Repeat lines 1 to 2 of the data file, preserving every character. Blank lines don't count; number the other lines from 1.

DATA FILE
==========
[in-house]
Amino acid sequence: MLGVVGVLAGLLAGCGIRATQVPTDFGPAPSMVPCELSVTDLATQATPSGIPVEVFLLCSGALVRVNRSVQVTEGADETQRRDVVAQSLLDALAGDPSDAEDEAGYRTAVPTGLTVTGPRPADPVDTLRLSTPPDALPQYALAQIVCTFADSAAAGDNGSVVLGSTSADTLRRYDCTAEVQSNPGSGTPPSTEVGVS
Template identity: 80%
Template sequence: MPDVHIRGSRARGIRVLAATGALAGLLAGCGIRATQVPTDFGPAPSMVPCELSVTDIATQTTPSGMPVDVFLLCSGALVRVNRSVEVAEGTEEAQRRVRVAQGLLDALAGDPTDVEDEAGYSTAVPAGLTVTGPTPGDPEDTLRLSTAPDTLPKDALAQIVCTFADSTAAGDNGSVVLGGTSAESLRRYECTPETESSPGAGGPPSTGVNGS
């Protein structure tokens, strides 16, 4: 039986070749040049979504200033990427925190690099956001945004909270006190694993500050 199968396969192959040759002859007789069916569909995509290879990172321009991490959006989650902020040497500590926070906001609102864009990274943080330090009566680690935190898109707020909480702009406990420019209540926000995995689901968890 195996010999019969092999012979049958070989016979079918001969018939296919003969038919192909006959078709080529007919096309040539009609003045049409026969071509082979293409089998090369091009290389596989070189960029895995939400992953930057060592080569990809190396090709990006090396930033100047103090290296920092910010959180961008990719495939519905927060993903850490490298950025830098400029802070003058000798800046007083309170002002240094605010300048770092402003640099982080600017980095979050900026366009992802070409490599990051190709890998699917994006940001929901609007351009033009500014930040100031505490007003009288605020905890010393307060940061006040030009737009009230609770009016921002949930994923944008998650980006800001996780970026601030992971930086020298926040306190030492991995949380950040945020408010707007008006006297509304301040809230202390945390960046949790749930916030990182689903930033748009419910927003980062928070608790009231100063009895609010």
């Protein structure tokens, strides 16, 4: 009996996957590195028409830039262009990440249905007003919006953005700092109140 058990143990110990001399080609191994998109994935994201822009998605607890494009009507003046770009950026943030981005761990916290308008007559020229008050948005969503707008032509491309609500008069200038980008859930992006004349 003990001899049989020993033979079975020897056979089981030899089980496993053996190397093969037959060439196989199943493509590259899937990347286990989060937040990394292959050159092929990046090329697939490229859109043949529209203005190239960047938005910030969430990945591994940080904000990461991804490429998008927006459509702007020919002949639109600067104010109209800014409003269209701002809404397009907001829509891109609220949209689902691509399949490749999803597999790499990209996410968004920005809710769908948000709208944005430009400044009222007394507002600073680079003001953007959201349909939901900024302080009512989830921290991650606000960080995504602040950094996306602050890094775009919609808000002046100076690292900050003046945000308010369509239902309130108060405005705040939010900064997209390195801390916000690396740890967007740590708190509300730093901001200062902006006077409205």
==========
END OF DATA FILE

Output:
[in-house]
Amino acid sequence: MLGVVGVLAGLLAGCGIRATQVPTDFGPAPSMVPCELSVTDLATQATPSGIPVEVFLLCSGALVRVNRSVQVTEGADETQRRDVVAQSLLDALAGDPSDAEDEAGYRTAVPTGLTVTGPRPADPVDTLRLSTPPDALPQYALAQIVCTFADSAAAGDNGSVVLGSTSADTLRRYDCTAEVQSNPGSGTPPSTEVGVS